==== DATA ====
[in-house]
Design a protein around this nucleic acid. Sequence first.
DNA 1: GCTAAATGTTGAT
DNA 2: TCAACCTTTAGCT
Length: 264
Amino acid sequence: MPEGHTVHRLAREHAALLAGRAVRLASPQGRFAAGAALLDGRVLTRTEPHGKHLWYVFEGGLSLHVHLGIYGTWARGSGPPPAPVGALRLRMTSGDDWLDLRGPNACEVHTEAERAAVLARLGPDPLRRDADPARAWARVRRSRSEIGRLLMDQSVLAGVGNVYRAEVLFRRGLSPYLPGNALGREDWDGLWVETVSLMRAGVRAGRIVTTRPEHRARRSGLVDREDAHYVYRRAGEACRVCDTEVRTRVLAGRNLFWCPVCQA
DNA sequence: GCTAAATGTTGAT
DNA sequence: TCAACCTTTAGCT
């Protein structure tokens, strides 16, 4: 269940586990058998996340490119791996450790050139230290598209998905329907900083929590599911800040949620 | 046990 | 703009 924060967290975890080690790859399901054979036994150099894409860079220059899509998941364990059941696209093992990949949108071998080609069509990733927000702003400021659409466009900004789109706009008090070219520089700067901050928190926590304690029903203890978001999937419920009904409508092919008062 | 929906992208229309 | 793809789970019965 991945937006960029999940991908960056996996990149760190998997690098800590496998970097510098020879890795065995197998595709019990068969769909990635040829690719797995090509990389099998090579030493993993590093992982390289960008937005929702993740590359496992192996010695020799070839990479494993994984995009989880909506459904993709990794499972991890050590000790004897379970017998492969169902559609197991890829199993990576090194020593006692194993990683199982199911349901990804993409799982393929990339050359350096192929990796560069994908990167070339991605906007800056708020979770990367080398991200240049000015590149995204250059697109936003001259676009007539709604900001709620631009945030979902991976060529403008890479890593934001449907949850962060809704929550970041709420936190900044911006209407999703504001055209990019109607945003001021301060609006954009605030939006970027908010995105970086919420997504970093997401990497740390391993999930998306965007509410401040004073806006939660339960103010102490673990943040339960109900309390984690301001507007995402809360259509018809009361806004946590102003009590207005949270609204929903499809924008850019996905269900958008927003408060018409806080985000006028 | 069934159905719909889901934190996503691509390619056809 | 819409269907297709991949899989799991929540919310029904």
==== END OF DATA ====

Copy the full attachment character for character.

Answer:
[in-house]
Design a protein around this nucleic acid. Sequence first.
DNA 1: GCTAAATGTTGAT
DNA 2: TCAACCTTTAGCT
Length: 264
Amino acid sequence: MPEGHTVHRLAREHAALLAGRAVRLASPQGRFAAGAALLDGRVLTRTEPHGKHLWYVFEGGLSLHVHLGIYGTWARGSGPPPAPVGALRLRMTSGDDWLDLRGPNACEVHTEAERAAVLARLGPDPLRRDADPARAWARVRRSRSEIGRLLMDQSVLAGVGNVYRAEVLFRRGLSPYLPGNALGREDWDGLWVETVSLMRAGVRAGRIVTTRPEHRARRSGLVDREDAHYVYRRAGEACRVCDTEVRTRVLAGRNLFWCPVCQA
DNA sequence: GCTAAATGTTGAT
DNA sequence: TCAACCTTTAGCT
């Protein structure tokens, strides 16, 4: 269940586990058998996340490119791996450790050139230290598209998905329907900083929590599911800040949620 | 046990 | 703009 924060967290975890080690790859399901054979036994150099894409860079220059899509998941364990059941696209093992990949949108071998080609069509990733927000702003400021659409466009900004789109706009008090070219520089700067901050928190926590304690029903203890978001999937419920009904409508092919008062 | 929906992208229309 | 793809789970019965 991945937006960029999940991908960056996996990149760190998997690098800590496998970097510098020879890795065995197998595709019990068969769909990635040829690719797995090509990389099998090579030493993993590093992982390289960008937005929702993740590359496992192996010695020799070839990479494993994984995009989880909506459904993709990794499972991890050590000790004897379970017998492969169902559609197991890829199993990576090194020593006692194993990683199982199911349901990804993409799982393929990339050359350096192929990796560069994908990167070339991605906007800056708020979770990367080398991200240049000015590149995204250059697109936003001259676009007539709604900001709620631009945030979902991976060529403008890479890593934001449907949850962060809704929550970041709420936190900044911006209407999703504001055209990019109607945003001021301060609006954009605030939006970027908010995105970086919420997504970093997401990497740390391993999930998306965007509410401040004073806006939660339960103010102490673990943040339960109900309390984690301001507007995402809360259509018809009361806004946590102003009590207005949270609204929903499809924008850019996905269900958008927003408060018409806080985000006028 | 069934159905719909889901934190996503691509390619056809 | 819409269907297709991949899989799991929540919310029904």